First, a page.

Oct 10 2012
|more articles from|
Is it all over for MENA fixed income?
A chorus of voices has recently become increasingly loud, signing from the same hymn sheet of 'It's all over for bonds'. The lyrics are seductive, the tempo attractive, but there is something definitely out of tune with the story.
The bond market is a function of two key variables that drive most of the returns - the risk free yield curve and the credit spread.
For our market, the risk free curve is deemed to be the US Treasury curve. Purists may argue that the US curve is no longer risk free with the US having lost its coveted 'triple A' moniker last year, but the fact is that US dollar credit is priced off the US curve and there is no credible alternative. Every time MENA-based entities issue in US dollars, the market will price off the US dollar curve.
Take a look at the 100-year chart of US Treasuries. Those who say it is all over tend to look at this as the defining chart. 'Rates have never been lower,' they cry, 'the only way is up.' But the experience of Japan in the late 1990s has taught me that just because something is expensive doesn't mean it will become cheaper. What is missing is a catalyst and I would argue that we have just had the reverse.
The yield curve is the term structure of interest rates and as such mathematically begins with short rates. The very same short rates that the Federal Reserve has just told us will not be moving until at least 2015. The short end is therefore effectively pinned at close to zero.
So the Fed is buying the curve and the money that they put into the hands of the holders of US debt also buy the curve, thus squeezing yields lower and forcing others out of lower yielding assets and into higher yielding assets. Post the last Fed announcement of QE 'Infinity', Treasuries have actually rallied. The Japanese experience tells us that rates can, and will, stay low for much longer than people expect.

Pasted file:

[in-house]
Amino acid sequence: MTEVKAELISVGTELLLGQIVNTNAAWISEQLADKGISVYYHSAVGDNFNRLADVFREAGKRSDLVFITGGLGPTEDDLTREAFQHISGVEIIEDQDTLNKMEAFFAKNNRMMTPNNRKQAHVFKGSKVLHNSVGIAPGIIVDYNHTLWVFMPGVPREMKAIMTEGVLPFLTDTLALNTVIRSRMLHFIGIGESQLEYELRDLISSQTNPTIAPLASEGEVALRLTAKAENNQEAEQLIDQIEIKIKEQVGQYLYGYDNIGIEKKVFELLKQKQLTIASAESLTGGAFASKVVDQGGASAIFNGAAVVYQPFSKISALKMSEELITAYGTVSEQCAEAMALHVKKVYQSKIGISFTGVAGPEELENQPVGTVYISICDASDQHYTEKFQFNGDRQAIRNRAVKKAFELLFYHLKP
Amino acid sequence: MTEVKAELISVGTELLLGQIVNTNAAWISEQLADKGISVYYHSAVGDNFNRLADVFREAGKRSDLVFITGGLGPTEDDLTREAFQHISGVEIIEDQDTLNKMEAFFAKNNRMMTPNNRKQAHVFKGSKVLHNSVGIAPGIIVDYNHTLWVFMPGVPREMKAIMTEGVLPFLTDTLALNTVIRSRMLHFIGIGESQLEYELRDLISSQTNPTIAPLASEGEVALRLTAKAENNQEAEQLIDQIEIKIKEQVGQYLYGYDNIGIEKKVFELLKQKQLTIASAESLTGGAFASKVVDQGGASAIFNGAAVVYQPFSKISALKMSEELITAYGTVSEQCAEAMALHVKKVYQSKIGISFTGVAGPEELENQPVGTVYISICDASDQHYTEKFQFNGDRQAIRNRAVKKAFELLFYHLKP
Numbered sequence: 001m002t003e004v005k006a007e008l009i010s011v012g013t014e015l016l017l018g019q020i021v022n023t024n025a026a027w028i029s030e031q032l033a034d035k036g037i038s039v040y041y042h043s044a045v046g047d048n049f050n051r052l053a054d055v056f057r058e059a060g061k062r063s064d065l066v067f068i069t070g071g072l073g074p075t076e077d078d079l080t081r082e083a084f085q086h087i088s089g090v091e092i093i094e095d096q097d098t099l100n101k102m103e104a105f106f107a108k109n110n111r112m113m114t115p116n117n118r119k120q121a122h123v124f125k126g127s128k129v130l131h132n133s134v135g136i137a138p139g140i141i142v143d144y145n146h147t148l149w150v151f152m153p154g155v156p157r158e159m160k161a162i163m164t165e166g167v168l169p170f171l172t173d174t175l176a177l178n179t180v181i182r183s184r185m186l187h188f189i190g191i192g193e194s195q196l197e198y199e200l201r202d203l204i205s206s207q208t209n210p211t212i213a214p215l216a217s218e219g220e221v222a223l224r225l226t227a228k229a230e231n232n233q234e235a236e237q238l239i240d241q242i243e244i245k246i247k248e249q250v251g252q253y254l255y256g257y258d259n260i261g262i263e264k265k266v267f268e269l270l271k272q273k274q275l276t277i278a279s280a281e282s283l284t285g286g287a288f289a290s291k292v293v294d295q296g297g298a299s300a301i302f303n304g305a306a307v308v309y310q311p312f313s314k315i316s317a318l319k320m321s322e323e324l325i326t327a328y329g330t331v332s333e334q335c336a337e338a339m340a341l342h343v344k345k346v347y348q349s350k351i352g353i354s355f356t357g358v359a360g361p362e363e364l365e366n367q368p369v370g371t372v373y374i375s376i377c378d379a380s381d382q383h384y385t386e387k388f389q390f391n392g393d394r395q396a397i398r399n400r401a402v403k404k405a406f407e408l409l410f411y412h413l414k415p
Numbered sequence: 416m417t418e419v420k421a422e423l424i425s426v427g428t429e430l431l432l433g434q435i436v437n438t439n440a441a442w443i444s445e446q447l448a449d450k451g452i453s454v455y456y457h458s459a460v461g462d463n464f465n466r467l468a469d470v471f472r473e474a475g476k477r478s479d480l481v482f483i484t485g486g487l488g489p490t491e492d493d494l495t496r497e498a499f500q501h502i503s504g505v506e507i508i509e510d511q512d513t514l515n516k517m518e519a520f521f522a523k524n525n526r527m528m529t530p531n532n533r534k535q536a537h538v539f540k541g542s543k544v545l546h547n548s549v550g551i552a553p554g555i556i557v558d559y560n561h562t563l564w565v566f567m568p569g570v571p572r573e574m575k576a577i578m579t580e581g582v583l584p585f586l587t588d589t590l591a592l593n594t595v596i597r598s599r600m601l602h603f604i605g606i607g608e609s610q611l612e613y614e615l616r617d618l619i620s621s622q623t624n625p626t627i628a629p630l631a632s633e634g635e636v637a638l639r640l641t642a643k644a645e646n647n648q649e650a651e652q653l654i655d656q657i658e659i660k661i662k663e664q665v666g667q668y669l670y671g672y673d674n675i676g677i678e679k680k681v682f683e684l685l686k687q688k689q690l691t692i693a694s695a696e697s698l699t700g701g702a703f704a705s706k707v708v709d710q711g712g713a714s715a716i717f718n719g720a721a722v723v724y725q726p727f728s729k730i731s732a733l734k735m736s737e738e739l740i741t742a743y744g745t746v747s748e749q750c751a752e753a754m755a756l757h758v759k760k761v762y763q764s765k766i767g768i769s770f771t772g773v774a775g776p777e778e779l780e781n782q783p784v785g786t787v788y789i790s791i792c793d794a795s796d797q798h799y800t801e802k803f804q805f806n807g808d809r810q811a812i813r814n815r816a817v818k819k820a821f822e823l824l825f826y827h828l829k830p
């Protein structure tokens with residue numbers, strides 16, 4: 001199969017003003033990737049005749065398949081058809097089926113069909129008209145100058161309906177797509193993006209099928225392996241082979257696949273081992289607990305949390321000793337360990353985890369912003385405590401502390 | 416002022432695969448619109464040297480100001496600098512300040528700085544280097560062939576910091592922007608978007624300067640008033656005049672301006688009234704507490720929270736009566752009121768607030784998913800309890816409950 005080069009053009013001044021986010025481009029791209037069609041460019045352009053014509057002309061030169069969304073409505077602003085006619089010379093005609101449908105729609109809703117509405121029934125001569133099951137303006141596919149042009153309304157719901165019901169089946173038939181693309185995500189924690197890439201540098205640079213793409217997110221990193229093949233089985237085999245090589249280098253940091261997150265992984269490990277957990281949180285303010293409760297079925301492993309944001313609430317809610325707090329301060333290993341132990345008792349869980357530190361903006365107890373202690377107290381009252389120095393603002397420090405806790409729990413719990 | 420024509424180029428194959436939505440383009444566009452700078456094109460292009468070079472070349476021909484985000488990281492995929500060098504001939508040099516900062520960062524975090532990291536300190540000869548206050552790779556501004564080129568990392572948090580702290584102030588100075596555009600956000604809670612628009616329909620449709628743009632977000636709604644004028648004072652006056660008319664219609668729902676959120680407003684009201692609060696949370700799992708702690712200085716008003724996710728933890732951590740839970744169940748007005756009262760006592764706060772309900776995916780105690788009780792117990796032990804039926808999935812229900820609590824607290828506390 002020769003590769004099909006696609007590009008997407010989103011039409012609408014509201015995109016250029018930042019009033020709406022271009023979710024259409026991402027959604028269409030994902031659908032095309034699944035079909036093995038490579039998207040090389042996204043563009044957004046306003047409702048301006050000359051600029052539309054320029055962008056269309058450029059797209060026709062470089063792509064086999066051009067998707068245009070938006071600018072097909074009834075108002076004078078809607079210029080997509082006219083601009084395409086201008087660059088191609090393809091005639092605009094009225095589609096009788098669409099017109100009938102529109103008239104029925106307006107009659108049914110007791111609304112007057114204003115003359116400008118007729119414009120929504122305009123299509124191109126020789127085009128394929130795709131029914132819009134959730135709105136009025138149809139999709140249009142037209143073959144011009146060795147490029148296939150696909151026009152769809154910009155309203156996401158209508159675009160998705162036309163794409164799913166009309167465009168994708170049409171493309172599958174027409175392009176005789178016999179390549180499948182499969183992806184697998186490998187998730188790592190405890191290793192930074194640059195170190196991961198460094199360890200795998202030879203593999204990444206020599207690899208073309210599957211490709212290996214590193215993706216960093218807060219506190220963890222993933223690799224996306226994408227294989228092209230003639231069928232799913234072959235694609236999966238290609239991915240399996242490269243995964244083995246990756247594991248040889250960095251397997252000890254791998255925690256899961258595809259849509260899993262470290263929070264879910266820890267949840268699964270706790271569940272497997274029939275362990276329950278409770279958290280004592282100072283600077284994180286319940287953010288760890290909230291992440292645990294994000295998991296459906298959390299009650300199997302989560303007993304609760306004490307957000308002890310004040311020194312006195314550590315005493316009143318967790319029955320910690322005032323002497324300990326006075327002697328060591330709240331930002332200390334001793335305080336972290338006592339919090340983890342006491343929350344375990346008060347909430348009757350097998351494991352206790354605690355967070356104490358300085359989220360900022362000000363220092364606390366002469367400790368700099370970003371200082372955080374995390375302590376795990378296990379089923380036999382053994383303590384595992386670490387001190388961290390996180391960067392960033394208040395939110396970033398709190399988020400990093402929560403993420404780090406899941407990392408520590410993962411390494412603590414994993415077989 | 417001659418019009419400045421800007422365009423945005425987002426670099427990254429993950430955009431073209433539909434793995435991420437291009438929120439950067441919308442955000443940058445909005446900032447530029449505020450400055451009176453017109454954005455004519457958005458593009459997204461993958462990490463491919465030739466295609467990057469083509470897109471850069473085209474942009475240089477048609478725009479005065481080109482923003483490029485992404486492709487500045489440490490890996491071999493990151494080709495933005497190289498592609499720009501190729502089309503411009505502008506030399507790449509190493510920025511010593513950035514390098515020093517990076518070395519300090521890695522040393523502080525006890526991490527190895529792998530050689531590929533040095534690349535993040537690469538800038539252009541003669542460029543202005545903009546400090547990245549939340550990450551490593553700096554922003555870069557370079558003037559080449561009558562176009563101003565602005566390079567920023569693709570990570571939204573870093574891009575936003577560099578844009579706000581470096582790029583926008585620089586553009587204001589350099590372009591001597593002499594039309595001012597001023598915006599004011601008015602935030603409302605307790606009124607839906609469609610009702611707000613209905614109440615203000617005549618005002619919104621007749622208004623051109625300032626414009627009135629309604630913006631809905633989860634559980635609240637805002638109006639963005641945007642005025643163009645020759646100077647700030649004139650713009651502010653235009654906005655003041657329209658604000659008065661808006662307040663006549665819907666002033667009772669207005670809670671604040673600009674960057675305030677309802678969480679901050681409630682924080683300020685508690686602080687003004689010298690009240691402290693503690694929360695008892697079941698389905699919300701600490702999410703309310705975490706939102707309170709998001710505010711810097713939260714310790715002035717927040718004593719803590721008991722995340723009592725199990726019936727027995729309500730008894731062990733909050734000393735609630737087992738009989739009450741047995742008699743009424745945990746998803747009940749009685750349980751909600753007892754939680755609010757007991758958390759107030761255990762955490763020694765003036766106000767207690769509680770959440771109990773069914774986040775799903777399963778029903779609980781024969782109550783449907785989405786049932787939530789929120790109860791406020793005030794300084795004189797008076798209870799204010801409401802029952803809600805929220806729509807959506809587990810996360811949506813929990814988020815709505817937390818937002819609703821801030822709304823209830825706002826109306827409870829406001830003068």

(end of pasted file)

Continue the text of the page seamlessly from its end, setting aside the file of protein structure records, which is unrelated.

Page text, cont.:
Credit spreads have different drivers but are none the less linked by global capital flows and the search for yield. MENA region bonds have a number of things going for them today:
1. Abundant global liquidity.
2. Abundant local liquidity - driven in the main by conservative fiscal assumptions as to the oil price in 2012 that are at odds with the far higher actual outcome. This has left the regional economy in a relatively healthy position.
3. Extensive infrastructure and social spending. As economies in the region continue to develop their infrastructure and continue to respond to the social needs of their domestic populations, spending remains robust. The government's involvement in the regional economy allows the region to stand out from the competition (Europe and the US), and allows smart managers to allocate capital to a region that is simply doing something different.
4. We are still cheap. As I have been saying for a number of years now, market segmentation and a fundamental misunderstanding of people who do not live in the region keep our credit on the cheap side. It started with the hangover from the 2008 crisis which took a while to dissipate (and in some credits still hasn't, providing opportunities), and continues with the lack of understanding about the strategic nature of certain credits to the underlying economy and the support that they are likely to receive in the event of a problem.
In short, there is still much to play for in MENA region bonds. The orchestra tuned up long ago and we are in the second or perhaps third movement of the symphony. The market is still poorly understood, under-allocated globally, and inefficiently researched. Put that together and it shows us that there is still alpha to be captured by managers who are resourced, on the ground, and know their markets and their craft.
The symphony shows no sign of ending yet.
Mark Watts, CFA, is the head of fixed income at National Bank of Abu Dhabi-Asset Management Group. The views expressed are his own and not those of the bank or of Zawya.
© Zawya 2012
© Copyright Zawya. All Rights Reserved.